Gu et al. investigated In2O3 nanoparticles for the improvement of formaldehyde sensing by manipulating the defect structure, such as the oxygen vacancies (VO) [165]. In2O3 nanoparticles with different contents of VO were obtained by tuning the treatment time (10–30 min). In2O3-H10 exhibited the highest response (80) to formaldehyde with a fast response/recovery time (100 s/70 s). The excellent formaldehyde sensing performance was attributed to the greatest bulk quantity of VO. Moreover, In2O3-H10 had a narrower band gap and lower energy barrier due to the formation of new energy levels in the band gap induced by the increment in bulk VO content, accelerating the electron mobility.
Zhang et al. reported an enhanced sensing performance of Au-loaded In2O3 porous nanocubes for formaldehyde detection [173]. The Au-loaded In2O3 porous nanocubes were fabricated by a hydrothermal method followed by thermal treatment. The sensitivity of Au-loaded In2O3 nanocubes was 2-fold higher than that of pure In2O3 nanocubes. Moreover, the incorporation of elemental Au reduced the optimum operating temperature. The improved sensing performance was explained by the effect of the catalyst including chemical sensitization and electronic sensitization. For the chemical sensitization, Au was added to In2O3 nanocubes as sensitizers. Owing to the spillover effect, it could promote more active sites on the surface of In2O3 nanocubes and induce more adsorption of oxygen molecules. For the electronic sensitization, Au acted as an electron acceptor on the surface of In2O3, leading to a broader electron-depleted region and greater band bending. Therefore, the incorporation of elemental Au was beneficial to an improved formaldehyde sensing performance.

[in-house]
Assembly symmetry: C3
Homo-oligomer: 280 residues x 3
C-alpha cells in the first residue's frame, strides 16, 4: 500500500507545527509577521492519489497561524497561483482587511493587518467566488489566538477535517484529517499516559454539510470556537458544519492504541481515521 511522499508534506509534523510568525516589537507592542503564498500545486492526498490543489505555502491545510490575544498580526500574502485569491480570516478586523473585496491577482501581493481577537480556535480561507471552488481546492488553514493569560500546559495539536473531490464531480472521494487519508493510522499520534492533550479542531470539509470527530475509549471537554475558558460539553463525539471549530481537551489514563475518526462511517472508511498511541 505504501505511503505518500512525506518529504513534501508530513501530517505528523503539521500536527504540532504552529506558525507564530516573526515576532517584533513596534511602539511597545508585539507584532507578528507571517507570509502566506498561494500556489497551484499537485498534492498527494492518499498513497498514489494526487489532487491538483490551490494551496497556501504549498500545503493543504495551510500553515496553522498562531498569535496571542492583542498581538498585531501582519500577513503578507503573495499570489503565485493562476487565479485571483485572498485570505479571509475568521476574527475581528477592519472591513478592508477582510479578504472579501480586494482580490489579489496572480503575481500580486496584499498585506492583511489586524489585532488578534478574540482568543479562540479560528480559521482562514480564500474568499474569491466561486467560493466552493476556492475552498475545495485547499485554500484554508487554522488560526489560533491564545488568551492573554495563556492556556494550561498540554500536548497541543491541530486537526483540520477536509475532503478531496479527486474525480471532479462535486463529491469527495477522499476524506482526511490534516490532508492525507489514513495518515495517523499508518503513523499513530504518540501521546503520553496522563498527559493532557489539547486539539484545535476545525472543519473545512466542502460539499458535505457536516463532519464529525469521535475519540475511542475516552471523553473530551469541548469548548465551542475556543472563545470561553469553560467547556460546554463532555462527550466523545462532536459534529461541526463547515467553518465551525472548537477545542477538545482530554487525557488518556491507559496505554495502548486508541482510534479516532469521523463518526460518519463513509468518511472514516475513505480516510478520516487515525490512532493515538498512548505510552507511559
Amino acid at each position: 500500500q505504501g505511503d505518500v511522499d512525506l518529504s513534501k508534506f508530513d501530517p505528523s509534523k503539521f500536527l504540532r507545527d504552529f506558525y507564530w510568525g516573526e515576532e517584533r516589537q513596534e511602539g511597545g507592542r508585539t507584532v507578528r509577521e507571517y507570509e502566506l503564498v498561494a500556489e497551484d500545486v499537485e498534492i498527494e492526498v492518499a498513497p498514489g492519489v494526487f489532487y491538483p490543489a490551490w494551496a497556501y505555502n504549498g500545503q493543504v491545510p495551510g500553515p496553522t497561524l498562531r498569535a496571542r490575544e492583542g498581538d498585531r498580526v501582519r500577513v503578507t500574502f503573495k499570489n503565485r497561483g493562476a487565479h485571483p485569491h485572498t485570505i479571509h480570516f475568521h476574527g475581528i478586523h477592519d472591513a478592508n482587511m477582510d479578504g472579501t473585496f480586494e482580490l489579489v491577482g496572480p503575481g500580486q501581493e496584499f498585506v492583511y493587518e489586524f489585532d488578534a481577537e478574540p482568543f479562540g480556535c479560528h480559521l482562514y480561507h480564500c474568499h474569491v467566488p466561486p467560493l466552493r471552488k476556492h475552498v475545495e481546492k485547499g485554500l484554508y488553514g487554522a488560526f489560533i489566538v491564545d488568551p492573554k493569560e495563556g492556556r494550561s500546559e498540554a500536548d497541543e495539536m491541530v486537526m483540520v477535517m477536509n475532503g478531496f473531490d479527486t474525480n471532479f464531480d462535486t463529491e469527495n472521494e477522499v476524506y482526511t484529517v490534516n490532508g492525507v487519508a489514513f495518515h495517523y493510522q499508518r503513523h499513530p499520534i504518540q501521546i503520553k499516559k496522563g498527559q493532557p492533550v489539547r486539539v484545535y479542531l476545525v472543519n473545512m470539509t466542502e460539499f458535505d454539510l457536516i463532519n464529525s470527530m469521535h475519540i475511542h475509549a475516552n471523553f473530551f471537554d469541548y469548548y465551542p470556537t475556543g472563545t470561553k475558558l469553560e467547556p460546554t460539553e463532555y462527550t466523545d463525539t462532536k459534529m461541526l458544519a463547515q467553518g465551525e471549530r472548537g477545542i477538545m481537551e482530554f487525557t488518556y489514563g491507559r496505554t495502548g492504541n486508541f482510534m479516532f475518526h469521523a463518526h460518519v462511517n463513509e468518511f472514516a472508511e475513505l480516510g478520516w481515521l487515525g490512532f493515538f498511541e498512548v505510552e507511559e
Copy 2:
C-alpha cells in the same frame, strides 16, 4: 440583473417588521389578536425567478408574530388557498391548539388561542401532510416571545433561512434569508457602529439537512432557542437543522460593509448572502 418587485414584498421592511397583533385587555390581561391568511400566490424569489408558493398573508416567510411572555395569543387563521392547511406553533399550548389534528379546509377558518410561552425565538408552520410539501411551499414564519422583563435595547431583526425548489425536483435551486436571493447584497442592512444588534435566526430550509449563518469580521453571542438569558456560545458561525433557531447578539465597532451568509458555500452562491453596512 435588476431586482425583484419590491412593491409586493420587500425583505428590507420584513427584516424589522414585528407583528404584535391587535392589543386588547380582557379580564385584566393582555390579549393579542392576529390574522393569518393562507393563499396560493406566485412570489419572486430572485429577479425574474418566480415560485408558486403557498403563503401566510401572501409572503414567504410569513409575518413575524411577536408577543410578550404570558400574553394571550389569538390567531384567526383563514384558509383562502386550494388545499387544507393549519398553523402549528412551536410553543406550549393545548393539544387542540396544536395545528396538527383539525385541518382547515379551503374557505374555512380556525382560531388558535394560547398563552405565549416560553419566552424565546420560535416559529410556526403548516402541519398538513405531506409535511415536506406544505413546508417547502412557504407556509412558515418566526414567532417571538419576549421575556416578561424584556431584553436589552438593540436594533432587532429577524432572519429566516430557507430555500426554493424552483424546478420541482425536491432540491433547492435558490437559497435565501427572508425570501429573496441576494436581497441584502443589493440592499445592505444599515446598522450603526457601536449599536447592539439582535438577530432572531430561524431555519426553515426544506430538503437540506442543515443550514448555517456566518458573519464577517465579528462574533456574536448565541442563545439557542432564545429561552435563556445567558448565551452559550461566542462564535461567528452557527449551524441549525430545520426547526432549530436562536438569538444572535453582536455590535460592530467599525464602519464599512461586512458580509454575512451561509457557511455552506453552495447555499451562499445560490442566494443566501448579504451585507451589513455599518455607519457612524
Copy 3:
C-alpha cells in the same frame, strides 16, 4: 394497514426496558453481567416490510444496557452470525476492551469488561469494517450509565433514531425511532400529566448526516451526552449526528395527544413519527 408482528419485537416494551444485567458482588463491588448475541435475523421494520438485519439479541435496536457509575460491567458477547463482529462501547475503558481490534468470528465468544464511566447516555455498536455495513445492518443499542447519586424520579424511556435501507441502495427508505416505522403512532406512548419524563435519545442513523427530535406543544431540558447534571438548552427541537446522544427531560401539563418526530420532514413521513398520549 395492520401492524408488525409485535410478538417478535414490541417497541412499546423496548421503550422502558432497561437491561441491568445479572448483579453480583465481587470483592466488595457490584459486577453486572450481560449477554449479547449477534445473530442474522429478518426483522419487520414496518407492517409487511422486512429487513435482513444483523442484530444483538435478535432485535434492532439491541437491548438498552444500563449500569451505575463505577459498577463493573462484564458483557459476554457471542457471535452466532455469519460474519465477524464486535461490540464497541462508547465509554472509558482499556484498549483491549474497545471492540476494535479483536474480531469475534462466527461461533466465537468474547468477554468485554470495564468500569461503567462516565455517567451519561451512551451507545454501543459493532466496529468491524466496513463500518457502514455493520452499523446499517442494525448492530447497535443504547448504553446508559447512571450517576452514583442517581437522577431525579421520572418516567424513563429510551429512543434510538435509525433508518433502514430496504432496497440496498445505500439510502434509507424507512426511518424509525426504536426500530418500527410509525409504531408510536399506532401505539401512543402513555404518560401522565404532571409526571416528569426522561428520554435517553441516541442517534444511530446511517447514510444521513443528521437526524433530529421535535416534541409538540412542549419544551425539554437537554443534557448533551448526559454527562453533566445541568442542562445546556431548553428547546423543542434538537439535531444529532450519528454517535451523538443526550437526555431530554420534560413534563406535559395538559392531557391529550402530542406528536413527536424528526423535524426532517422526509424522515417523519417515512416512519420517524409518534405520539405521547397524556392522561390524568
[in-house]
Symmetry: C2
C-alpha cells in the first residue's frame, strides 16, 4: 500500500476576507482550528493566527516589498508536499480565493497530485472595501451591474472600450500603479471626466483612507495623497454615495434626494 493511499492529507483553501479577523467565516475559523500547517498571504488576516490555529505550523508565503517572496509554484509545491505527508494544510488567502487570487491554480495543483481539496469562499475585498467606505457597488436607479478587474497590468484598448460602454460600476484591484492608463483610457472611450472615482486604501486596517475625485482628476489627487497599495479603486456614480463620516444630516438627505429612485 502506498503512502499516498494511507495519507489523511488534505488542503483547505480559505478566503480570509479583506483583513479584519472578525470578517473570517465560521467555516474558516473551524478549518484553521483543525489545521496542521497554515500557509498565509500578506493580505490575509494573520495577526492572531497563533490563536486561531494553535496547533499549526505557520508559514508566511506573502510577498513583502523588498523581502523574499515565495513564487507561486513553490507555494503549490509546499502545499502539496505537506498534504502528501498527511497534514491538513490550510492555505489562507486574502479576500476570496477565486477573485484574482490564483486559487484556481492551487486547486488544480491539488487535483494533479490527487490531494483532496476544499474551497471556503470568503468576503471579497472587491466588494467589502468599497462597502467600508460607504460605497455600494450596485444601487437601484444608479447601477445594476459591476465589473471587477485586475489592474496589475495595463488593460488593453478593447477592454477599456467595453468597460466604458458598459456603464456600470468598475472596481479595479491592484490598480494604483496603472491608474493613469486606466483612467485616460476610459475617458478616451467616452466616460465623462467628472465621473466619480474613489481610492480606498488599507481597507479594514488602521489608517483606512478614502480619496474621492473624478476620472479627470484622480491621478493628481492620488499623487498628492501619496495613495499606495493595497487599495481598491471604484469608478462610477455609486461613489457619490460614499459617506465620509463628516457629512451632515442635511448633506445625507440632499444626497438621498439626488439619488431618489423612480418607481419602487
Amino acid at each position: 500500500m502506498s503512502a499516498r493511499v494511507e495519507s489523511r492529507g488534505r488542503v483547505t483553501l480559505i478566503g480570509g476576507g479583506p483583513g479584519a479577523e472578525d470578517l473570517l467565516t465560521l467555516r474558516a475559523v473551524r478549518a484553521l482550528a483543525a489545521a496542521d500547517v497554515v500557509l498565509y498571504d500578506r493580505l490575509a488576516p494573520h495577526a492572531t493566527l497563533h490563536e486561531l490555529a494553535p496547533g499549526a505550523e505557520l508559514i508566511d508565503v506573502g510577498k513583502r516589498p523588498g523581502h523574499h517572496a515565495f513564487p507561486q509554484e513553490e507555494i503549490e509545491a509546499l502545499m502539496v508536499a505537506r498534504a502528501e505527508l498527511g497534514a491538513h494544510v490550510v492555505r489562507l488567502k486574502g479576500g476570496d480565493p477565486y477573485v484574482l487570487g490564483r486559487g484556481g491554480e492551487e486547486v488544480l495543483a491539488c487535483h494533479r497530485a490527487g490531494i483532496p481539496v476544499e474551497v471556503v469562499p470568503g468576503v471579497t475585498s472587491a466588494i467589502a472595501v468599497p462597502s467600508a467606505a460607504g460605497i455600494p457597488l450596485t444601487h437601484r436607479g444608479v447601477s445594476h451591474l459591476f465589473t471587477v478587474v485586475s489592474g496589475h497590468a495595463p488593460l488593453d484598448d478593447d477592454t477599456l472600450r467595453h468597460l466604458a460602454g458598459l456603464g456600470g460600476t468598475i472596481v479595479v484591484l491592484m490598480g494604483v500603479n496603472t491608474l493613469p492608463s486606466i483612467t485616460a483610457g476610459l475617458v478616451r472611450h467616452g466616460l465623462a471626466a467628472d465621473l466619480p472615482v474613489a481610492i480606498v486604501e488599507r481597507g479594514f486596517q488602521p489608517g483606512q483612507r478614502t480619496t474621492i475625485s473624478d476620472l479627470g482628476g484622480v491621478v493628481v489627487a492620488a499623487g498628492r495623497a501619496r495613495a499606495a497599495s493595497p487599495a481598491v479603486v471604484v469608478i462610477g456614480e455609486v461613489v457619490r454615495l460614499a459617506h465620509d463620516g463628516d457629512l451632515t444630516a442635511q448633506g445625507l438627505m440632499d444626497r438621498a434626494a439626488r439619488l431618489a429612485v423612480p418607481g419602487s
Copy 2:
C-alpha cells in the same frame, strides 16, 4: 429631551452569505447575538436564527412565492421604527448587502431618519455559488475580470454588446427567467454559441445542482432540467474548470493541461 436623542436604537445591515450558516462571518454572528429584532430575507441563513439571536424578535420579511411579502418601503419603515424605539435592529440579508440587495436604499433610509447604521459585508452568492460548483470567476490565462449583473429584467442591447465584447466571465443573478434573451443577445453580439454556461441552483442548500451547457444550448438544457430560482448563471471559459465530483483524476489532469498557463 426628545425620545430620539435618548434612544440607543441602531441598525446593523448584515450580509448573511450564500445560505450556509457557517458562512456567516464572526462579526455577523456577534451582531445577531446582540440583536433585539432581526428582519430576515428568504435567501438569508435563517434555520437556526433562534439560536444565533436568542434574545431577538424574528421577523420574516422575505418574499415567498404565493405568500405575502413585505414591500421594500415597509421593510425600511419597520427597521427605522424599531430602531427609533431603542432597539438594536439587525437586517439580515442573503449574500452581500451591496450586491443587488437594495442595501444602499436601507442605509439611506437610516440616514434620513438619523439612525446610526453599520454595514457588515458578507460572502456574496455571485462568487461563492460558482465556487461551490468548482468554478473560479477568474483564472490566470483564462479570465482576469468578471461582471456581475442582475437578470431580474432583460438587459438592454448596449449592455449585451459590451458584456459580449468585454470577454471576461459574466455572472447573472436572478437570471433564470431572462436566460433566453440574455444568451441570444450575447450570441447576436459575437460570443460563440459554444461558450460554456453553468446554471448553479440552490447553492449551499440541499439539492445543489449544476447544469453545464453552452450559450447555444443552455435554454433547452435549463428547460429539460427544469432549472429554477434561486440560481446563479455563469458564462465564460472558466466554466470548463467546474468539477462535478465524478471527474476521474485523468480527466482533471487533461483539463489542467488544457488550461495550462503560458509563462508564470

Except for n-type semiconductor metal oxides, p-type semiconductor metal oxides for formaldehyde sensing have also received much attention owing to their suitable catalytic effect. For instance, Fu et al. prepared tetrahedron-like NiO nanostructures by a solvothermal reaction followed by calcination at different temperatures (400–600 °C) [175]. NiO nanotetrahedra annealed at 500 °C showed an excellent sensitivity to formaldehyde compared with other annealing temperatures. The sensitivity of p-type semiconductors was related to the concentration of cation vacancies. For the NiO nanotetrahedra, nickel vacancies were formed during the annealing of the NiO precursor. NiO nanotetrahedra annealed at 500 °C had a relatively higher nickel vacancy concentration, leading to improved sensitivity. Meanwhile, the sample had a relatively larger specific surface area, which was favourable for the adsorption of more oxygen molecules.
Most semiconductor metal oxides have superior responses to ppm-level formaldehyde at low working temperatures. However, the ppb-level concentration detection of HCHO at low working temperatures is more important for people due to threat it poses to the health. Recently, Zhang et al. applied a solvothermal method to synthesize SnO2 microtubes, which exhibited a low limit of detection (10 ppb) and a high response to HCHO at a low temperature of 92 °C with negligible cross-responses to CO, C6H6, C6H7N, NH3, C3H6O and C2H5OH, as shown in Figure 11 [168]. In addition, the sensor response of the microtubes was remarkably higher compared to irregular spheres, which was ascribed to the adsorption of more HCHO molecules caused by the hollow structure and rapid electron transfer provided by a direct path in the tubes.

5.4. Toluene Sensors

C7H8 is considered a kind of biomarker in human breath arising from the process of metabolism. Biomarkers can intuitively show abnormalities within the body. Lung cancer can be reflected by the gaseous toluene biomarker in exhaled breath [183]. Thus, toluene sensors can be used for non-invasive disease diagnostics through the detection of gaseous biomarkers. Recently, many gas sensors have been developed in the field of detecting toluene. As shown in Table 5, SnO2-based nanostructures have often been investigated for the detection of toluene. Great efforts surrounding the addition of noble metals and metal oxides to SnO2 nanomaterials have been devoted to improving the toluene sensing performance.